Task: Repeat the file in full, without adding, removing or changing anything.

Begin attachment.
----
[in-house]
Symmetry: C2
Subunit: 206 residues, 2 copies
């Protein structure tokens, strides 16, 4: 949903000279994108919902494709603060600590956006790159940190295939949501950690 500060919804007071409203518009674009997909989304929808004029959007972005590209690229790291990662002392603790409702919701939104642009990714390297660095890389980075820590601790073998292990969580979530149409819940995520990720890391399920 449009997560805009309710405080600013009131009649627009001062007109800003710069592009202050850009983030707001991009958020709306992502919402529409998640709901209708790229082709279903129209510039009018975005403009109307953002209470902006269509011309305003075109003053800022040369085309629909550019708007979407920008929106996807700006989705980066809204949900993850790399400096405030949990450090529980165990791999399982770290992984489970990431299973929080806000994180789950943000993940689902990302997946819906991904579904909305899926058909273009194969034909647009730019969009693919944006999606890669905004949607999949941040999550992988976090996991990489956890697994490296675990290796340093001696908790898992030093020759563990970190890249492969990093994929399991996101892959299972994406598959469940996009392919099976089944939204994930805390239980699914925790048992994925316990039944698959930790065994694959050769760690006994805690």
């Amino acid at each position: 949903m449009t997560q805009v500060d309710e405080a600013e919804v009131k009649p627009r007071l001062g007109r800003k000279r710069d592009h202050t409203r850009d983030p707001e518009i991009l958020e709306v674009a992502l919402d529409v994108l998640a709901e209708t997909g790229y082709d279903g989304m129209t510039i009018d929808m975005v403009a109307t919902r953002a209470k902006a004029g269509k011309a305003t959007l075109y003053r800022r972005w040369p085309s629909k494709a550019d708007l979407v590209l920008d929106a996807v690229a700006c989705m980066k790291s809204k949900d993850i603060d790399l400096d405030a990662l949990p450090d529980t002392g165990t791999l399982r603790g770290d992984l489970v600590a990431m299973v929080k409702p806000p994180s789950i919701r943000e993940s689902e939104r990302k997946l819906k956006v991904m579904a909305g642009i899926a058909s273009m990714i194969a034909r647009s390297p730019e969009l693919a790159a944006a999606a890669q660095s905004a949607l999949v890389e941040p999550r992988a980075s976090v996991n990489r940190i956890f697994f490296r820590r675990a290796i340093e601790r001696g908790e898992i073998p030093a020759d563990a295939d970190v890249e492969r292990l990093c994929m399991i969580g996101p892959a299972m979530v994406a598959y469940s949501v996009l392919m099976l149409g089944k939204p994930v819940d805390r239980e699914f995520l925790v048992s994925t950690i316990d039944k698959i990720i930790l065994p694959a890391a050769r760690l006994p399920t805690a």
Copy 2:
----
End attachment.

[in-house]
Symmetry: C2
Subunit: 206 residues, 2 copies
């Protein structure tokens, strides 16, 4: 949903000279994108919902494709603060600590956006790159940190295939949501950690 500060919804007071409203518009674009997909989304929808004029959007972005590209690229790291990662002392603790409702919701939104642009990714390297660095890389980075820590601790073998292990969580979530149409819940995520990720890391399920 449009997560805009309710405080600013009131009649627009001062007109800003710069592009202050850009983030707001991009958020709306992502919402529409998640709901209708790229082709279903129209510039009018975005403009109307953002209470902006269509011309305003075109003053800022040369085309629909550019708007979407920008929106996807700006989705980066809204949900993850790399400096405030949990450090529980165990791999399982770290992984489970990431299973929080806000994180789950943000993940689902990302997946819906991904579904909305899926058909273009194969034909647009730019969009693919944006999606890669905004949607999949941040999550992988976090996991990489956890697994490296675990290796340093001696908790898992030093020759563990970190890249492969990093994929399991996101892959299972994406598959469940996009392919099976089944939204994930805390239980699914925790048992994925316990039944698959930790065994694959050769760690006994805690």
């Amino acid at each position: 949903m449009t997560q805009v500060d309710e405080a600013e919804v009131k009649p627009r007071l001062g007109r800003k000279r710069d592009h202050t409203r850009d983030p707001e518009i991009l958020e709306v674009a992502l919402d529409v994108l998640a709901e209708t997909g790229y082709d279903g989304m129209t510039i009018d929808m975005v403009a109307t919902r953002a209470k902006a004029g269509k011309a305003t959007l075109y003053r800022r972005w040369p085309s629909k494709a550019d708007l979407v590209l920008d929106a996807v690229a700006c989705m980066k790291s809204k949900d993850i603060d790399l400096d405030a990662l949990p450090d529980t002392g165990t791999l399982r603790g770290d992984l489970v600590a990431m299973v929080k409702p806000p994180s789950i919701r943000e993940s689902e939104r990302k997946l819906k956006v991904m579904a909305g642009i899926a058909s273009m990714i194969a034909r647009s390297p730019e969009l693919a790159a944006a999606a890669q660095s905004a949607l999949v890389e941040p999550r992988a980075s976090v996991n990489r940190i956890f697994f490296r820590r675990a290796i340093e601790r001696g908790e898992i073998p030093a020759d563990a295939d970190v890249e492969r292990l990093c994929m399991i969580g996101p892959a299972m979530v994406a598959y469940s949501v996009l392919m099976l149409g089944k939204p994930v819940d805390r239980e699914f995520l925790v048992s994925t950690i316990d039944k698959i990720i930790l065994p694959a890391a050769r760690l006994p399920t805690a």
Copy 2: